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Snowden denies participation in Putin propaganda, regrets question was ‘misinterpreted’

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Brendan Bordelon Contributor
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Edward Snowden responded to accusations that he played a patsy for Vladimir Putin’s propaganda machine on Thursday, arguing that his question during a softball Q&A with the Russian president was “a rare opportunity” that was “misinterpreted” by his critics.

The former NSA contractor, exiled to Moscow after releasing reams of documents on the spy agency foreign and domestic programs, appeared on an annual program featuring Putin answering questions phoned-in from Russia’s state television audience.

In English and via video, Snowden called into the tightly-controlled propaganda exercise with a question on whether Russia “intercepts, stores, or analyzes in any way the communications of millions of individuals” — prompting a quick and painless denial from Putin.

Long-time critics pounced. “It sure looks as though Snowden is playing the Kremlin’s game here,” wrote former NSA general counsel Stewart Baker, calling the question “a prearranged softball on demand.”

But even stalwart allies of the once-heralded “whistleblower” appeared shaken. “Snowden’s question WAS softball,” tweeted Electronic Frontier Foundation official Jillian York. “If he knows as much as he claims, he would’ve known that the wording gave Putin an easy out.”

The backlash prompted Snowden to pen a defensive op-ed in The Guardian on Friday called “Vladimir Putin must be called to account on surveillance just like Obama.” In it, he claimed he asked Putin the question to “get his answer on the record” — not hand the autocratic leader an easy propaganda victory.

He argued the question was “intended to mirror” last year’s Senate confrontation between Democratic Senator Ron Wyden and Director of National Intelligence James Clapper, “and to invite either an important concession or a clear evasion.”

“It was not the president’s suspiciously narrow answer that was criticized by many pundits,” he noted. “It was that I had chosen to ask a question at all.”

Snowden emphasized the risk he took in challenging the United States as proof that he’s not afraid of Russia and could criticize Putin’s surveillance practices “without ulterior motive.”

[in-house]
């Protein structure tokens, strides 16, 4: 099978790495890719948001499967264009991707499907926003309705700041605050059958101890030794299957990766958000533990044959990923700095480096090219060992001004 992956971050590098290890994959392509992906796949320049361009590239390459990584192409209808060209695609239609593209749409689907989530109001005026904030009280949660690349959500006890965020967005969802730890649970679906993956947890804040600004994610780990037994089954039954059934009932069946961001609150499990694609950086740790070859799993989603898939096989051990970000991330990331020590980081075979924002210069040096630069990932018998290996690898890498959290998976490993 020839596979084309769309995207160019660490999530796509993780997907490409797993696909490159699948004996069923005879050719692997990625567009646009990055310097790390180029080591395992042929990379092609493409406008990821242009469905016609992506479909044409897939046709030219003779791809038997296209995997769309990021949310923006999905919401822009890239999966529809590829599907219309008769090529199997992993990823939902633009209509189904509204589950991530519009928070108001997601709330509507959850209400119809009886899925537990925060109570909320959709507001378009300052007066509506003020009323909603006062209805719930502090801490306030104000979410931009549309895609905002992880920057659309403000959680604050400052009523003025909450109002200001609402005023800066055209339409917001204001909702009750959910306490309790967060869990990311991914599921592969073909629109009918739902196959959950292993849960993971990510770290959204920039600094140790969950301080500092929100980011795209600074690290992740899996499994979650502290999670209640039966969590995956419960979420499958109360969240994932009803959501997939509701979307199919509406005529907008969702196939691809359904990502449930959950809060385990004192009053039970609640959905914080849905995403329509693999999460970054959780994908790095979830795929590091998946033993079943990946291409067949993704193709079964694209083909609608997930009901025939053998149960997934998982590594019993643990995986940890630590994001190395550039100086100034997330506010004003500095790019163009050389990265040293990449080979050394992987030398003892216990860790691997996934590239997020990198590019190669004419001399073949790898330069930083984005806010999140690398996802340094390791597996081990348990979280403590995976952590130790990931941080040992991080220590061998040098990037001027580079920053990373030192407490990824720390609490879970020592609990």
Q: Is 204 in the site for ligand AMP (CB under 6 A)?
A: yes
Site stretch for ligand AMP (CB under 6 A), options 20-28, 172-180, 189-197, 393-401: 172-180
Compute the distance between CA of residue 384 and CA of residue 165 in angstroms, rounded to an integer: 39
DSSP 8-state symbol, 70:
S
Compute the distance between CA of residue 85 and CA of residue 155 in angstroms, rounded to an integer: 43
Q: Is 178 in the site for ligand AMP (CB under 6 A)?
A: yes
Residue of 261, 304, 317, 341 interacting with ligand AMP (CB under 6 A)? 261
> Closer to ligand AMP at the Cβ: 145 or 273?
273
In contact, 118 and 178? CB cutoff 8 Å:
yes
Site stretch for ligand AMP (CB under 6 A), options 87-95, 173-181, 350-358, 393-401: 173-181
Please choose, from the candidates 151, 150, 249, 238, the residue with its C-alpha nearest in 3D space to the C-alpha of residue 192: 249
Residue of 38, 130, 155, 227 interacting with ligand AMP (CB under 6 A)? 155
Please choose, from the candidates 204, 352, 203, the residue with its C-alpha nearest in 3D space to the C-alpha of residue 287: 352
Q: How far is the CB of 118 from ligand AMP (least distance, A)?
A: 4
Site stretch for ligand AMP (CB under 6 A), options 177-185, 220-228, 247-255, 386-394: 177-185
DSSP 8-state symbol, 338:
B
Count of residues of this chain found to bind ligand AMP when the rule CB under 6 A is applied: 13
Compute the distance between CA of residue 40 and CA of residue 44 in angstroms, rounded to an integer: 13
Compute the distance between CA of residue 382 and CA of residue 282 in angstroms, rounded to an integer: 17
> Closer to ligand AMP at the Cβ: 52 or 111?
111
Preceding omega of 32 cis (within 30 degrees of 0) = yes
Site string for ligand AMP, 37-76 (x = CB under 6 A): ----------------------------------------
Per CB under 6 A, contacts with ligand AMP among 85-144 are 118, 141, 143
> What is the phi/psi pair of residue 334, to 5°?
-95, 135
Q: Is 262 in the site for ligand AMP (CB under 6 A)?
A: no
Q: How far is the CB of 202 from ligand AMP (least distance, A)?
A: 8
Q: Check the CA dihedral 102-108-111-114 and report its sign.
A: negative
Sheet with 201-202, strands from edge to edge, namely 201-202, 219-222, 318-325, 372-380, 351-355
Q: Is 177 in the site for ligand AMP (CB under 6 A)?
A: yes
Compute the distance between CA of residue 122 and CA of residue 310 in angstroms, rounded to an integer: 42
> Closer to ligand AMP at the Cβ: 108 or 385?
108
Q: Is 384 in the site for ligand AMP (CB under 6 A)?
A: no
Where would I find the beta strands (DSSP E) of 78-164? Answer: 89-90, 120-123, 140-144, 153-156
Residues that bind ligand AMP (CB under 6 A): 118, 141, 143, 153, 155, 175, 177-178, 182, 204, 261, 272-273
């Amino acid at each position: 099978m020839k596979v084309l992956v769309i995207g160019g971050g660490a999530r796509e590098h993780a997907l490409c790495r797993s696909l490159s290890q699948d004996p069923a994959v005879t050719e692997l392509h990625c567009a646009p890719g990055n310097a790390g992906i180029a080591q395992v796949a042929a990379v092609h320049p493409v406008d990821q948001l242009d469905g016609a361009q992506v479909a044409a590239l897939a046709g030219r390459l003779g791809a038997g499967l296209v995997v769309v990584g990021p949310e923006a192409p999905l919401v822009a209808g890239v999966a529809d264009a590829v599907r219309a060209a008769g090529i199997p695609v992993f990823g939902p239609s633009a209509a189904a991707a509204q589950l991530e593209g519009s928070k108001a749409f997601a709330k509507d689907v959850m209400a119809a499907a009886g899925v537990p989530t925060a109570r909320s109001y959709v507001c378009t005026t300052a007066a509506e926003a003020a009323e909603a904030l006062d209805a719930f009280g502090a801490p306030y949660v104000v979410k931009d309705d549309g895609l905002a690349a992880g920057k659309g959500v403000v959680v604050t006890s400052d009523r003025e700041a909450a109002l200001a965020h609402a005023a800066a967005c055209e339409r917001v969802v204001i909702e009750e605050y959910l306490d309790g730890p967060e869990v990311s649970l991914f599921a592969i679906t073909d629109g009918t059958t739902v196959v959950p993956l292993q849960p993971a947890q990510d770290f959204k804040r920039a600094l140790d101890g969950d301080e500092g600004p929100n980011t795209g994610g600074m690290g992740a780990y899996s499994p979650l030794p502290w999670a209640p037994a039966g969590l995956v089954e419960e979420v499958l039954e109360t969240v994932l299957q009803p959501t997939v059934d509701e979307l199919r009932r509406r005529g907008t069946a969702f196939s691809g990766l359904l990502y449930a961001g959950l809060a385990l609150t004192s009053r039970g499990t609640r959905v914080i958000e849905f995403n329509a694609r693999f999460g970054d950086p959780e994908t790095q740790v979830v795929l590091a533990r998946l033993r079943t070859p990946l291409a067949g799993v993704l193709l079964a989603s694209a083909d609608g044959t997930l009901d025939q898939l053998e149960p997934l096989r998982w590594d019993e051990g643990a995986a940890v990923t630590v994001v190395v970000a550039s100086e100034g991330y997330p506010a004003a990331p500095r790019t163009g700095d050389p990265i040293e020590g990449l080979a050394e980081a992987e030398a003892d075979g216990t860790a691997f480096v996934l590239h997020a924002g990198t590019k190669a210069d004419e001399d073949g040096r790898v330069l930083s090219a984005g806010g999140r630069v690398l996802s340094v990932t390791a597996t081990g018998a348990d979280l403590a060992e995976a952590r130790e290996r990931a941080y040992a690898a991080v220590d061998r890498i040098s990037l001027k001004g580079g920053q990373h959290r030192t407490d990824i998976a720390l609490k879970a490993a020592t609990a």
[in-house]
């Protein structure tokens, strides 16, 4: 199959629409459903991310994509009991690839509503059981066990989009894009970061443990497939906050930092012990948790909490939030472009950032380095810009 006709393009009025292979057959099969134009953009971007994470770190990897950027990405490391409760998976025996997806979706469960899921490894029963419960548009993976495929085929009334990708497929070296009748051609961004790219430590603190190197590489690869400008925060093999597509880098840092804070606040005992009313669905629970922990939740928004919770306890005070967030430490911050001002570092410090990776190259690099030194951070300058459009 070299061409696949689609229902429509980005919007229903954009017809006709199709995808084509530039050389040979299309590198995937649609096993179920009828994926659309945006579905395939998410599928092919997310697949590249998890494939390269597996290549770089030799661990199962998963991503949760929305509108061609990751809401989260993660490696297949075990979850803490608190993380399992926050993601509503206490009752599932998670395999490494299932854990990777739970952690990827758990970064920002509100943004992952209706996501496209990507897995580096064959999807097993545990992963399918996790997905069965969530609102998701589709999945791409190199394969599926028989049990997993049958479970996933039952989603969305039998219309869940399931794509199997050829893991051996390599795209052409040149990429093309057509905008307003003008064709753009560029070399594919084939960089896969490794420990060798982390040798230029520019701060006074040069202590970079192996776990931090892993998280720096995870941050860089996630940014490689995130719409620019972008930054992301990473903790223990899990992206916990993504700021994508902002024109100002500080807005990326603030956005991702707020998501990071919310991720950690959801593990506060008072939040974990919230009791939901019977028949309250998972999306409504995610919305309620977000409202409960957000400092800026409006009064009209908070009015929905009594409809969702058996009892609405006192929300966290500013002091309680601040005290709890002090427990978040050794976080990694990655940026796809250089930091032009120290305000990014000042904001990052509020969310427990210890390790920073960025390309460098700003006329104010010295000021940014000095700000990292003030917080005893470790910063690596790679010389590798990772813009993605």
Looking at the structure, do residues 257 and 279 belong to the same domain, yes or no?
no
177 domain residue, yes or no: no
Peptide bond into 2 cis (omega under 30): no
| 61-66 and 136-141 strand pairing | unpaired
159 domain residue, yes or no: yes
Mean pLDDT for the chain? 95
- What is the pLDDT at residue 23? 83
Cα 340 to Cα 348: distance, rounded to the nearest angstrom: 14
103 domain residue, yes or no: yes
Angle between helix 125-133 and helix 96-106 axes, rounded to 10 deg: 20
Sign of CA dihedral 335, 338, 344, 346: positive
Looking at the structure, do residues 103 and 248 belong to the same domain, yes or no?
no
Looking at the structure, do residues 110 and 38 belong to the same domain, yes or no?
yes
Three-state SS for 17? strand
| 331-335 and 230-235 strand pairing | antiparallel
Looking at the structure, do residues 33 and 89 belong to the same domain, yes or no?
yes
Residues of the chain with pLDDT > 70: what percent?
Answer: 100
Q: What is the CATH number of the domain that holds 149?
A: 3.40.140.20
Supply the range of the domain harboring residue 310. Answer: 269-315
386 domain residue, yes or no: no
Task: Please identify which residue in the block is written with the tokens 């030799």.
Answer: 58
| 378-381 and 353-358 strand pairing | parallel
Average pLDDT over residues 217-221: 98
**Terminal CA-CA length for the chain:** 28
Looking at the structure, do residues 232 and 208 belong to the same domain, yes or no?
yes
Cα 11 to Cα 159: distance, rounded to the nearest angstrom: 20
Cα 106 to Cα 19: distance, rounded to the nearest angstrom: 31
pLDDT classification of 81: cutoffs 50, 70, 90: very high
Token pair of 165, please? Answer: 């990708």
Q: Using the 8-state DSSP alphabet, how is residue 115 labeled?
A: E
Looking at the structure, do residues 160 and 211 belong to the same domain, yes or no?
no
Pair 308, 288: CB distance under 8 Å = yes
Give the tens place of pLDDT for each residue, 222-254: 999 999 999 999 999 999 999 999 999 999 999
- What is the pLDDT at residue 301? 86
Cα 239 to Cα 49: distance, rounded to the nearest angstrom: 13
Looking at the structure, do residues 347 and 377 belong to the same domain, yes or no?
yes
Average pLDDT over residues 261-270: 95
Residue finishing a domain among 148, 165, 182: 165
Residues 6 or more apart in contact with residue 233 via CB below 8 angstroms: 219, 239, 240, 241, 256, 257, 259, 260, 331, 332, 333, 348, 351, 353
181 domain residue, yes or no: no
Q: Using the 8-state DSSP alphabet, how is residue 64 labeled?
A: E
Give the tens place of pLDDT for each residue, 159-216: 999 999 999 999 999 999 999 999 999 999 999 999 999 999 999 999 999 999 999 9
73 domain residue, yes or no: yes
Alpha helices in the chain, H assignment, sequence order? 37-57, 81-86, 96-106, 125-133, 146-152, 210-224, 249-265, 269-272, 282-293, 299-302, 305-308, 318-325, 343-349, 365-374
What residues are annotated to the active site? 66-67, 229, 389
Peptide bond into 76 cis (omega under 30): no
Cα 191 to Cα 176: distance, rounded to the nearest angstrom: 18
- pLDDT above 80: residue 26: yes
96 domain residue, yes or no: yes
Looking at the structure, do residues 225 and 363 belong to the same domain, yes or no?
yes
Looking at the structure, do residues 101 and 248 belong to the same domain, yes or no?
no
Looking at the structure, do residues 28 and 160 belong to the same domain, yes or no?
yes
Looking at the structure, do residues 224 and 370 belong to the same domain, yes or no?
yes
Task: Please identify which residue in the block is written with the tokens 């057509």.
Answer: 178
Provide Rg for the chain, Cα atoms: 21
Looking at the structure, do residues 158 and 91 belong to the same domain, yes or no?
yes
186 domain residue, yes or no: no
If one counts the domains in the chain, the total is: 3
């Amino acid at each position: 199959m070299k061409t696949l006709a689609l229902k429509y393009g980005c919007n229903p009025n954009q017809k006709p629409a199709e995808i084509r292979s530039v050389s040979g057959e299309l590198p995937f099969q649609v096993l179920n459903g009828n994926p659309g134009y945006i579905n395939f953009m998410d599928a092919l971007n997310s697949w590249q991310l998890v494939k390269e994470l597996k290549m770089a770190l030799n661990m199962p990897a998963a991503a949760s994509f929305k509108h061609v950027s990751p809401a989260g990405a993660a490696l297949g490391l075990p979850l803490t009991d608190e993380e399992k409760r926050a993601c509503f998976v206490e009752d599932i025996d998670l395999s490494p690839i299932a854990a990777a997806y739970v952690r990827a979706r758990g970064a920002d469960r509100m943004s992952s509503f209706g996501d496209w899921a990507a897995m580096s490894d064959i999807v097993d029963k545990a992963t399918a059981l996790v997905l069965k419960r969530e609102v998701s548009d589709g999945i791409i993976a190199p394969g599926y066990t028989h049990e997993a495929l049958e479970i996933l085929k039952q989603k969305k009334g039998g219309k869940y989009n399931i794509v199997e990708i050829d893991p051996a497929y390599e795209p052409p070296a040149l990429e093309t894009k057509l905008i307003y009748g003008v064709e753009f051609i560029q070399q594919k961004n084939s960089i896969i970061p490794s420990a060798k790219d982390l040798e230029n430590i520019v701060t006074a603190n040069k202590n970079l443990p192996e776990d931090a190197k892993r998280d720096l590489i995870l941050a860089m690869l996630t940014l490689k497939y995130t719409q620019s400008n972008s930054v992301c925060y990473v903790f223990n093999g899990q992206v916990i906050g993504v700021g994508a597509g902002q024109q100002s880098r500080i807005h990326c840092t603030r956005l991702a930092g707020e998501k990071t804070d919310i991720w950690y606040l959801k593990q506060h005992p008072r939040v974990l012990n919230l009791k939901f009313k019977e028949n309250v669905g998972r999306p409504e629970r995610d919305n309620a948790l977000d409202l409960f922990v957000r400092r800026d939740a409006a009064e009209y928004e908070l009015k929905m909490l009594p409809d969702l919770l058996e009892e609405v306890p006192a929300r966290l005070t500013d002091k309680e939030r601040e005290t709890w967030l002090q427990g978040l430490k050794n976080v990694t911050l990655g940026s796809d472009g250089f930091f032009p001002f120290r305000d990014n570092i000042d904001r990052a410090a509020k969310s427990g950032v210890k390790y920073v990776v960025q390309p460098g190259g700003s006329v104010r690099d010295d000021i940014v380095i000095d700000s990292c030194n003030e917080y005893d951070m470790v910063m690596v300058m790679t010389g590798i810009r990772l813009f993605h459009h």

He is currently hiding from the United States, under the protection of Putin.

“I regret that my question could be misinterpreted,” he claimed, “and that it enabled many to ignore the substance of the question — and Putin’s evasive response — in order to speculate, wildly and incorrectly, about my motives for asking it.”

He called the question “a rare opportunity to lift a taboo on discussion of state surveillance before an audience that primarily views state media.”

But it’s unclear whether Snowden really chose to ask the question at all. His video call-in was unusual and suspiciously convenient for the program, and he prefaced his question with a lengthy polemic against America’s own surveillance practice.

Putin also addressed him as “a former agent, a spy,” declaring that “we are going to talk one professional language.”

Snowden claimed his query to Putin could be used by Russian journalists to ask about the discrepancy between Putin’s outright denial and the domestic surveillance systems already in place within Russia, or to again question Russian social media companies on whether they have received bulk data requests from Putin’s government.

But Russian journalists asking such questions have a nasty habit of turning up dead, making Snowden’s appeal a bit less convincing.

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